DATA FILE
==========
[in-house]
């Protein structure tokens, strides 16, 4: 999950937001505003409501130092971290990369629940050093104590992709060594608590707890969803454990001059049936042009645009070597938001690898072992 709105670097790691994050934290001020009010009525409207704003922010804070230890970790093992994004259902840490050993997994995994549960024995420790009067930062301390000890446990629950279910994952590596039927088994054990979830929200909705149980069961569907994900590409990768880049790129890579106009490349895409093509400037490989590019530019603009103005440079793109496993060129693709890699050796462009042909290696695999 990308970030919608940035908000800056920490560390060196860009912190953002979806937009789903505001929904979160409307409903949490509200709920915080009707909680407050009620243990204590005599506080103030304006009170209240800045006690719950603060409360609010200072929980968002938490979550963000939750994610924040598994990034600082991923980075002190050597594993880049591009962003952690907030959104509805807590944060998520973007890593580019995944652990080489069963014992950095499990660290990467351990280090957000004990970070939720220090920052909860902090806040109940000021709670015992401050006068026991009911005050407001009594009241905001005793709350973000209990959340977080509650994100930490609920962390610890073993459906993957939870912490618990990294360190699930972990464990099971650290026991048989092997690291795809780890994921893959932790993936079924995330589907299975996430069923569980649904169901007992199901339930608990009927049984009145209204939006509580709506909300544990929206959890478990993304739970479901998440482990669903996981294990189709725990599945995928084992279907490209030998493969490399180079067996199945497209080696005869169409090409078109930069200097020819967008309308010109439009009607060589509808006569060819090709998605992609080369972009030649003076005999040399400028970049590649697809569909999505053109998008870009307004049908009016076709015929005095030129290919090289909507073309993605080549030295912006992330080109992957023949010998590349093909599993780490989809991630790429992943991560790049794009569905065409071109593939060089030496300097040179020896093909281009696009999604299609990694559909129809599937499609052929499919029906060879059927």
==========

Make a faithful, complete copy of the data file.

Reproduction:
[in-house]
């Protein structure tokens, strides 16, 4: 999950937001505003409501130092971290990369629940050093104590992709060594608590707890969803454990001059049936042009645009070597938001690898072992 709105670097790691994050934290001020009010009525409207704003922010804070230890970790093992994004259902840490050993997994995994549960024995420790009067930062301390000890446990629950279910994952590596039927088994054990979830929200909705149980069961569907994900590409990768880049790129890579106009490349895409093509400037490989590019530019603009103005440079793109496993060129693709890699050796462009042909290696695999 990308970030919608940035908000800056920490560390060196860009912190953002979806937009789903505001929904979160409307409903949490509200709920915080009707909680407050009620243990204590005599506080103030304006009170209240800045006690719950603060409360609010200072929980968002938490979550963000939750994610924040598994990034600082991923980075002190050597594993880049591009962003952690907030959104509805807590944060998520973007890593580019995944652990080489069963014992950095499990660290990467351990280090957000004990970070939720220090920052909860902090806040109940000021709670015992401050006068026991009911005050407001009594009241905001005793709350973000209990959340977080509650994100930490609920962390610890073993459906993957939870912490618990990294360190699930972990464990099971650290026991048989092997690291795809780890994921893959932790993936079924995330589907299975996430069923569980649904169901007992199901339930608990009927049984009145209204939006509580709506909300544990929206959890478990993304739970479901998440482990669903996981294990189709725990599945995928084992279907490209030998493969490399180079067996199945497209080696005869169409090409078109930069200097020819967008309308010109439009009607060589509808006569060819090709998605992609080369972009030649003076005999040399400028970049590649697809569909999505053109998008870009307004049908009016076709015929005095030129290919090289909507073309993605080549030295912006992330080109992957023949010998590349093909599993780490989809991630790429992943991560790049794009569905065409071109593939060089030496300097040179020896093909281009696009999604299609990694559909129809599937499609052929499919029906060879059927």